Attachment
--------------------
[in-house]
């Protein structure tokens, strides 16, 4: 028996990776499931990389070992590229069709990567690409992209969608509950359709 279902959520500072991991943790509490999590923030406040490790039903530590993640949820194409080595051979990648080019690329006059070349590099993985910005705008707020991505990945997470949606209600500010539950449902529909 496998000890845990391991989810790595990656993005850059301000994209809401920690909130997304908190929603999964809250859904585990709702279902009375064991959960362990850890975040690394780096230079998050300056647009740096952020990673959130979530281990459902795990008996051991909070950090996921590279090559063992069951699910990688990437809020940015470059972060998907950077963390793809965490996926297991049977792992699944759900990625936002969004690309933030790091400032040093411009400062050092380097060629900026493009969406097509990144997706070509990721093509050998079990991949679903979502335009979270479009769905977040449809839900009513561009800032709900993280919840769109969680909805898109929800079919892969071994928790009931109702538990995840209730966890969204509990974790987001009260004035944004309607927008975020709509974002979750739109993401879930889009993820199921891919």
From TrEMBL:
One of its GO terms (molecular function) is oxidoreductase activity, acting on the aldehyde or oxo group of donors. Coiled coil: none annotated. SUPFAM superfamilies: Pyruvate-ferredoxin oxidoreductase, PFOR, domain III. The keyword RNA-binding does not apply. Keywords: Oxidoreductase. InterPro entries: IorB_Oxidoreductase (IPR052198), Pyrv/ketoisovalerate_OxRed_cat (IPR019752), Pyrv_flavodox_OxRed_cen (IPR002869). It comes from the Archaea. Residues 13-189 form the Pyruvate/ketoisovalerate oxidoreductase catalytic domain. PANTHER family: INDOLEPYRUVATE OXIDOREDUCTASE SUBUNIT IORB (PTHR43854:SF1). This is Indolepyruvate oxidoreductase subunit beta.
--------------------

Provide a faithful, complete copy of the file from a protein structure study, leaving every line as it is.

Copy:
[in-house]
């Protein structure tokens, strides 16, 4: 028996990776499931990389070992590229069709990567690409992209969608509950359709 279902959520500072991991943790509490999590923030406040490790039903530590993640949820194409080595051979990648080019690329006059070349590099993985910005705008707020991505990945997470949606209600500010539950449902529909 496998000890845990391991989810790595990656993005850059301000994209809401920690909130997304908190929603999964809250859904585990709702279902009375064991959960362990850890975040690394780096230079998050300056647009740096952020990673959130979530281990459902795990008996051991909070950090996921590279090559063992069951699910990688990437809020940015470059972060998907950077963390793809965490996926297991049977792992699944759900990625936002969004690309933030790091400032040093411009400062050092380097060629900026493009969406097509990144997706070509990721093509050998079990991949679903979502335009979270479009769905977040449809839900009513561009800032709900993280919840769109969680909805898109929800079919892969071994928790009931109702538990995840209730966890969204509990974790987001009260004035944004309607927008975020709509974002979750739109993401879930889009993820199921891919």
From TrEMBL:
One of its GO terms (molecular function) is oxidoreductase activity, acting on the aldehyde or oxo group of donors. Coiled coil: none annotated. SUPFAM superfamilies: Pyruvate-ferredoxin oxidoreductase, PFOR, domain III. The keyword RNA-binding does not apply. Keywords: Oxidoreductase. InterPro entries: IorB_Oxidoreductase (IPR052198), Pyrv/ketoisovalerate_OxRed_cat (IPR019752), Pyrv_flavodox_OxRed_cen (IPR002869). It comes from the Archaea. Residues 13-189 form the Pyruvate/ketoisovalerate oxidoreductase catalytic domain. PANTHER family: INDOLEPYRUVATE OXIDOREDUCTASE SUBUNIT IORB (PTHR43854:SF1). This is Indolepyruvate oxidoreductase subunit beta.